Brendan Jansen: 27th January 2019
Wine quality is difficult to define, but is often spoken about in terms of the degree of complexity of wine bouquet and flavours, the length and persistence of these flavours on the palate, the intensity of aromas and taste, and the overall balance of the core elements of the wine. These core elements, depending upon the style of wine, variably comprise alcohol, acidity, fruit flavours, tannins and sweetness. This notion of balance is also key to the concept of ageability, or the age-worthiness of a wine, though this multiplex issue is also linked to other aspects of quality mentioned here. In addition, we might infer a wine’s quality by the quality of oak we perceive in the wine, acknowledging the cost associated with the use of high quality barrels (though aforementioned balance is also salient). The development of a wine as it sits before us in the glass, when it evolves to emanate varied primary, secondary and even tertiary aromas, also adds to our enjoyment and appreciation of a wine.
The notion of the “typicity” of a wine is often viewed as one of the indicators of a wine’s quality. By this is meant the degree to which a wine is representative, “classic”, distinguishing, prototypical, even archetypal, of a particular wine. Though sometimes referred to a variety, the term more fittingly describes, I believe, the “whole package” – of variety, style, winemaking, origin – dare I say, terroir. We speak, therefore, of “typical” Chablis, as having flavours of oyster shell and shale, and a mineral acidity matched by pristine citrus fruit. We might speak of a wine as being “quintessential” Meursault, and point to why it may differ, for example, from a Puligny Montrachet of comparable quality and vintage.
Yet these notions probably best apply to the so-called “classic” regions. Typicity is a term we could safely ascribe to wines from Bordeaux, Burgundy, the Mosel, Rioja – I could go on. But what about New World winegrowing regions?
Is the task of a New World winemaker crafting, shall we say, a Chardonnay, to make it in a style that emulates the best white Burgundies? Why not Chablis, for that matter? Or is the task of the winemaker to put their stamp on a wine, so that it is the most honest and faithful example of the fruit of the region?
Of course, even if the latter is true, winemakers might vary in their view of how best to achieve the aim of showcasing a region’s fruit… WA’s own Millbrook Viognier has exquisite varietal faithfulness, but is unlike any other Viognier in the world. Brazenly un-Condrieu-like yet superbly representative of terroir. Should it be regarded as a “typical” West Australian incarnation of the variety?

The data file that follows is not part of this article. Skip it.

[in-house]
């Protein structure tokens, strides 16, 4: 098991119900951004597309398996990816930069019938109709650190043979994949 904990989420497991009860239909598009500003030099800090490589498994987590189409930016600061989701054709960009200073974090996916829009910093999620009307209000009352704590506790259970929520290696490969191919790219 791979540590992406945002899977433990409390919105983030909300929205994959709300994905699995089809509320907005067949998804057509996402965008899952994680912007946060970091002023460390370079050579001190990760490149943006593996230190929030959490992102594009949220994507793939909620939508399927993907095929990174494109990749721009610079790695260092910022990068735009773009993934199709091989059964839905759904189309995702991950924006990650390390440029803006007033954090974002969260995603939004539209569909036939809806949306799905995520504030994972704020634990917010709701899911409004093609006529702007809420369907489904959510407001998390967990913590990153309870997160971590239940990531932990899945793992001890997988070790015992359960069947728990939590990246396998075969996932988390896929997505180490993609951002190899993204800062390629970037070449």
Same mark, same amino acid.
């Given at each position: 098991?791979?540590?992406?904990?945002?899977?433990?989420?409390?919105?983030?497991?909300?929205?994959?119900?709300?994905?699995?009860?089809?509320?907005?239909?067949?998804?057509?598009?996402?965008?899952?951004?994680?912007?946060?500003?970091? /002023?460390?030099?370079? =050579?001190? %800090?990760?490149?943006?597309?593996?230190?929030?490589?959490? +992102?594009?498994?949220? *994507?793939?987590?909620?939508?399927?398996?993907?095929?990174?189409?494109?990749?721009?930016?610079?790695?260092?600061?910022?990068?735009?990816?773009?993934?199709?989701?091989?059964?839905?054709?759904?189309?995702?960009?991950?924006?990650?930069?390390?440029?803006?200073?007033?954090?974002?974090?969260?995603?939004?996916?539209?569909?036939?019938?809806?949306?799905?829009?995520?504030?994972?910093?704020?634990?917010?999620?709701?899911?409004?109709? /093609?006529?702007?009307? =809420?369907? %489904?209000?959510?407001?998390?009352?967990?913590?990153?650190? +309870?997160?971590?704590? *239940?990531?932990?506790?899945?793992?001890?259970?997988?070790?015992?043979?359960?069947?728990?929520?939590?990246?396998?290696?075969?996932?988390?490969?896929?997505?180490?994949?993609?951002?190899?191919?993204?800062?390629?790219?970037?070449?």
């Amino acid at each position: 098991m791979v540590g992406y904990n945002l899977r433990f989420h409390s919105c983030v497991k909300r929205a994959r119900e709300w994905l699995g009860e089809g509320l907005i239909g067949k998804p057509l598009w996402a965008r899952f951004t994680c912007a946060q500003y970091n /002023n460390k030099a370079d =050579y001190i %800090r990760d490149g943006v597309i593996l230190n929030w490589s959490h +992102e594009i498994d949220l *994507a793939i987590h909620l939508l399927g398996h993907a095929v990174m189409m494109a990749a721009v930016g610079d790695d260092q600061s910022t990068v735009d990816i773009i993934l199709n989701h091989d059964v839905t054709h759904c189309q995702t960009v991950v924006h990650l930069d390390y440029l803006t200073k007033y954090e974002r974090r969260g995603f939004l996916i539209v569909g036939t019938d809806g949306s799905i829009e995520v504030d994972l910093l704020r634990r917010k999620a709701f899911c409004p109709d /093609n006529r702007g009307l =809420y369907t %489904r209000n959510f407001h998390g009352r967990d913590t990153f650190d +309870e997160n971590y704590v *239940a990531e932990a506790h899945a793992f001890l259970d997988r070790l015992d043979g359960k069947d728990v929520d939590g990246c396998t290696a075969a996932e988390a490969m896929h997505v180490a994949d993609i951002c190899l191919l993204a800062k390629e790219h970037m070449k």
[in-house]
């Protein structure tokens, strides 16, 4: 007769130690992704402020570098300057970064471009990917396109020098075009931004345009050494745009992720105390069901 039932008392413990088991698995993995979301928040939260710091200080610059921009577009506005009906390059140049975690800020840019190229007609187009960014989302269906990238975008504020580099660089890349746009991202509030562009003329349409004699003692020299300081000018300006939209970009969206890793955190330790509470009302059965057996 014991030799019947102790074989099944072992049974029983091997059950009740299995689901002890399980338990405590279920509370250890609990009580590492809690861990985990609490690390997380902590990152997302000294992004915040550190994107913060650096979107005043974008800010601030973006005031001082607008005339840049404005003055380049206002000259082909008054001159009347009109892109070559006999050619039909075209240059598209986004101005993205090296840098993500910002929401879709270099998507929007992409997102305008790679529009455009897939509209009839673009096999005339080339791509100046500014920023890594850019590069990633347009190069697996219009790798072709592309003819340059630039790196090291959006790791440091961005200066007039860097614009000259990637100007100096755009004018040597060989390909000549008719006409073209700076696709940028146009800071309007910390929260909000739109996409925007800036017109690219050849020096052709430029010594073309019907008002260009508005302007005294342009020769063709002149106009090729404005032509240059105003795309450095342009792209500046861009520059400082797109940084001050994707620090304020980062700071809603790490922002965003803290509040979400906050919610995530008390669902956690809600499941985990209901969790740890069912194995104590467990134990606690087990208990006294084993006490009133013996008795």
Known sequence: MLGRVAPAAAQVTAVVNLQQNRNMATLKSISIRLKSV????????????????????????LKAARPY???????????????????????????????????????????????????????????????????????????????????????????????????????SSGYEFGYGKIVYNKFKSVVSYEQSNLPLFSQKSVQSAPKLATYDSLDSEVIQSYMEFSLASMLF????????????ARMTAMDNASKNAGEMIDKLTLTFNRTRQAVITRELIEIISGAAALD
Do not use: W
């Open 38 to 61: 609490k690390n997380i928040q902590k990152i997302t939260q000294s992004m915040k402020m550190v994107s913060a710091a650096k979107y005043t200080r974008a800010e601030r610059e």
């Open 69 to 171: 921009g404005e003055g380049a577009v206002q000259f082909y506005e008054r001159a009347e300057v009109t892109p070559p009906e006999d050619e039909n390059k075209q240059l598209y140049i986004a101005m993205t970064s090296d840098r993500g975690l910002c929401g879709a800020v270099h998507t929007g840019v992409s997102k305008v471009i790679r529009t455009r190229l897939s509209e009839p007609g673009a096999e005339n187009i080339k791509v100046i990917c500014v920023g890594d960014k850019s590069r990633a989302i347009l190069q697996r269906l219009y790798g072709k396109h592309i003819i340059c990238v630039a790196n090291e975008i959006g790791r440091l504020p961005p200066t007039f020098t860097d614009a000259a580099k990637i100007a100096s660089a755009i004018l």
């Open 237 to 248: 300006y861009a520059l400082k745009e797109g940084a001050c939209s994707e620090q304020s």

These questions are becoming more difficult as winemakers around the globe adopt new and varied techniques – New World winemakers can make wines in an “Old World” style. Old World winemakers, assisted in part by global warming, can make wines in a “New World” style.
So where does the concept of typicity come into play? We speak of “modern” and “traditional” Rioja; “modern” and “traditional” Barolo; as though both incarnations have an innate “typicity”. Yet winemakers in modern and traditional camps can be as varied in the techniques employed within as without of these categories. Often this “modern” and “traditional” distinction boils down to the use (or not) of new oak and/or protective handling.
Even in “classic” regions, such as Burgundy, winemaking techniques vary immensely between producers. Do we assess the notion of typicity by the final product, the grand Gestalt of all the wine offers?
The perspective of history is also important. In the mid 1800s, after Sir James Busby had brought the first vines to Australia, Barolo and Barbaresco were still sweet wines. Amarone, as a style, in terms of the very long history of wine, is a relative newcomer on the scene, yet has qualities that are now said to be “typical”…
And what of innovators within the “classic” regions? A winemaker in the Mosel who wishes, let us say, to ferment Riesling to dryness, in new French oak barrels? Or the Margaret River producer who feels Cabernet Sauvignon from the region is best expressed through the employ of amphorae?
At some point, innovation can become accepted practice, and even orthodoxy. Though clearly not always…..
A cautionary word – we as humans, seek novelty as much as familiarity. In the chase for novelty, those other aspects of quality I listed at the start of this article should not be forgotten. Just because something is “different” or “trendy” does not make it “good”. There are clearly reasons winemaking in Burgundy has evolved to where it is now. So perhaps thoughtful innovation is the key, with dangers lurking on both sides – of staying stuck in out-dated practices, and of changing for change sake.
And who decides what is a quality wine anyway? Perhaps that is a subject best left to another musing.